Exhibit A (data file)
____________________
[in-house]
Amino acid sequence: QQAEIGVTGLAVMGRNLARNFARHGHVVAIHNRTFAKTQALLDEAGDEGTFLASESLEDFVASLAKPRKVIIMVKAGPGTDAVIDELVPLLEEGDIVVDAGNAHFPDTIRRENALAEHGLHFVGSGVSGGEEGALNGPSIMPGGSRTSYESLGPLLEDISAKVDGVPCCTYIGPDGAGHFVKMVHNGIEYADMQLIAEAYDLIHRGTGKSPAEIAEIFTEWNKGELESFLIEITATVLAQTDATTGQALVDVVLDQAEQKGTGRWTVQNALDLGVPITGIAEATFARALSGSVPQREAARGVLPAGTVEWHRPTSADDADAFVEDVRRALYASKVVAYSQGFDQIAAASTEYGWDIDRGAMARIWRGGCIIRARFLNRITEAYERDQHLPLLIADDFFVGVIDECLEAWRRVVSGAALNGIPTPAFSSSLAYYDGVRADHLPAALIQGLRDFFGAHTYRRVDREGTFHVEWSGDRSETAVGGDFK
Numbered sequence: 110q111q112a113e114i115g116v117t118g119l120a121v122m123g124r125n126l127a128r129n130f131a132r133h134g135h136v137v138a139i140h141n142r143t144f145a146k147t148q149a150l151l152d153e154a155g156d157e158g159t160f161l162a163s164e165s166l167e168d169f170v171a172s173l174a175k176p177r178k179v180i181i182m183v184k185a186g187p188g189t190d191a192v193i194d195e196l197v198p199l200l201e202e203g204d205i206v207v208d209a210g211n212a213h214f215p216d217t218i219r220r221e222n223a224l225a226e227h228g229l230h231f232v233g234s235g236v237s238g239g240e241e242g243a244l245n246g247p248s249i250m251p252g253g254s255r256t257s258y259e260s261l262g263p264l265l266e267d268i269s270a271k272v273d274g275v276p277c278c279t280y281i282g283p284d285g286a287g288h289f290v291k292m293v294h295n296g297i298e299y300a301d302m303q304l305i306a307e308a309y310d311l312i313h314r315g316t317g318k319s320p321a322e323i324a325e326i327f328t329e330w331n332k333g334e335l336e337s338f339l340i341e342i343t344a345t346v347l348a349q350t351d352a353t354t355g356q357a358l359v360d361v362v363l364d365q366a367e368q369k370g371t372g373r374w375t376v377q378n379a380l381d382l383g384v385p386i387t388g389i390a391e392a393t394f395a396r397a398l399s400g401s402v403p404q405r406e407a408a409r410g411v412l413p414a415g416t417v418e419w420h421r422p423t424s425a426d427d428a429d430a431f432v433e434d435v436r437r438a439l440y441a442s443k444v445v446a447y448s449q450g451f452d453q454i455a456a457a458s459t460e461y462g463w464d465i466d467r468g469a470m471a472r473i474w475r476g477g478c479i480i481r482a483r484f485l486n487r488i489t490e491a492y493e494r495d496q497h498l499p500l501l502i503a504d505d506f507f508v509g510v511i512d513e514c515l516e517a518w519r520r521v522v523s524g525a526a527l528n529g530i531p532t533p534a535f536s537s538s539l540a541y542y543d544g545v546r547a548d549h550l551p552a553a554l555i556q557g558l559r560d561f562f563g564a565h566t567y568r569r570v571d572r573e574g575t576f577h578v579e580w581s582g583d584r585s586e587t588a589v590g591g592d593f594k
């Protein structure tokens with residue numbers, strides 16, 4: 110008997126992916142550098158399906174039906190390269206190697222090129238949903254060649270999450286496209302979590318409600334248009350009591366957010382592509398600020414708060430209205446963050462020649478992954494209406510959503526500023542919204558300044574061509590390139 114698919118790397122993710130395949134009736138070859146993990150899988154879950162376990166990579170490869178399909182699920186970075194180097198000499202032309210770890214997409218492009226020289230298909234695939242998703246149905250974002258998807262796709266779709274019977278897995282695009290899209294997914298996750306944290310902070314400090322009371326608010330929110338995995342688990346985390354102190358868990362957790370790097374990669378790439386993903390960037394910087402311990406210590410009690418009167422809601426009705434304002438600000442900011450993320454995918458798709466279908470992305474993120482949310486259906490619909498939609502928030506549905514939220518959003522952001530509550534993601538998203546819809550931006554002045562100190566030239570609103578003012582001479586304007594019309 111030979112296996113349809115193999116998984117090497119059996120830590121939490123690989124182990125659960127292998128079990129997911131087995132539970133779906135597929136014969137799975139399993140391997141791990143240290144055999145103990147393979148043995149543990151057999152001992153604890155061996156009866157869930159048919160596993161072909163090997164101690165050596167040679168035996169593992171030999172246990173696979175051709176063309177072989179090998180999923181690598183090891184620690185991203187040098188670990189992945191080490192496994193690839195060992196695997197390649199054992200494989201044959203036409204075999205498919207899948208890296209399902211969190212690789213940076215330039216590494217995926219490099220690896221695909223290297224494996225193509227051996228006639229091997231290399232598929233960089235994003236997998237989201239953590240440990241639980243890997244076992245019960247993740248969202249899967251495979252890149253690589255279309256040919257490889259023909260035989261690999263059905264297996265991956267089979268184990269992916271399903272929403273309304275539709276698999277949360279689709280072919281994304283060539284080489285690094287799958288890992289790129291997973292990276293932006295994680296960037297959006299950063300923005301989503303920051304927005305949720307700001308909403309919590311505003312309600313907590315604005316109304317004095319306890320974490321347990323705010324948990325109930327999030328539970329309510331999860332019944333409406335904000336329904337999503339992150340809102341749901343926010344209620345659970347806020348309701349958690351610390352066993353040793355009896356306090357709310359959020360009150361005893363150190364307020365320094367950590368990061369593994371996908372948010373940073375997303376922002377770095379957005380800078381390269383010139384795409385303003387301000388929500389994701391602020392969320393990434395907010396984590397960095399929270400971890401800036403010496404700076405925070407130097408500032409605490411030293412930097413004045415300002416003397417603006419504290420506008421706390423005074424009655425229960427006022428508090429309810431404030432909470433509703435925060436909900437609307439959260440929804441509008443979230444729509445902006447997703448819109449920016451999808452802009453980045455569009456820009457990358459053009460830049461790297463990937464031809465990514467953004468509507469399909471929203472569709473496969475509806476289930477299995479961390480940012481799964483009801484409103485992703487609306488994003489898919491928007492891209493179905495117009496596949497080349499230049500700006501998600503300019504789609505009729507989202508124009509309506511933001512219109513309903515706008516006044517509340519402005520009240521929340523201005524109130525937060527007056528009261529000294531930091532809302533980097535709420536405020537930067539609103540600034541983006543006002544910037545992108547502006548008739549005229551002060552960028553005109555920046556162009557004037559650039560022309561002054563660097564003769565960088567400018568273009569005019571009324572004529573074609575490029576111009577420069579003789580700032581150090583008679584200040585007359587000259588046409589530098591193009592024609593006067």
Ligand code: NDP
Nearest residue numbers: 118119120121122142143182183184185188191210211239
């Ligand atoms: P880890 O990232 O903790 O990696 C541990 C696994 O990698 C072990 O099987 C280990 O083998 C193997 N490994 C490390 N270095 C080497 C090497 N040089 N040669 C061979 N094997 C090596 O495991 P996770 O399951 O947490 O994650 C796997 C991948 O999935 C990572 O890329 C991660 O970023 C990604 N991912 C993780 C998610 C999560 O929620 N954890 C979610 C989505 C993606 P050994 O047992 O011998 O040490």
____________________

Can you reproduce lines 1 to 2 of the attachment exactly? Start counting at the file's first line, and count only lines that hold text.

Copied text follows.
[in-house]
Amino acid sequence: QQAEIGVTGLAVMGRNLARNFARHGHVVAIHNRTFAKTQALLDEAGDEGTFLASESLEDFVASLAKPRKVIIMVKAGPGTDAVIDELVPLLEEGDIVVDAGNAHFPDTIRRENALAEHGLHFVGSGVSGGEEGALNGPSIMPGGSRTSYESLGPLLEDISAKVDGVPCCTYIGPDGAGHFVKMVHNGIEYADMQLIAEAYDLIHRGTGKSPAEIAEIFTEWNKGELESFLIEITATVLAQTDATTGQALVDVVLDQAEQKGTGRWTVQNALDLGVPITGIAEATFARALSGSVPQREAARGVLPAGTVEWHRPTSADDADAFVEDVRRALYASKVVAYSQGFDQIAAASTEYGWDIDRGAMARIWRGGCIIRARFLNRITEAYERDQHLPLLIADDFFVGVIDECLEAWRRVVSGAALNGIPTPAFSSSLAYYDGVRADHLPAALIQGLRDFFGAHTYRRVDREGTFHVEWSGDRSETAVGGDFK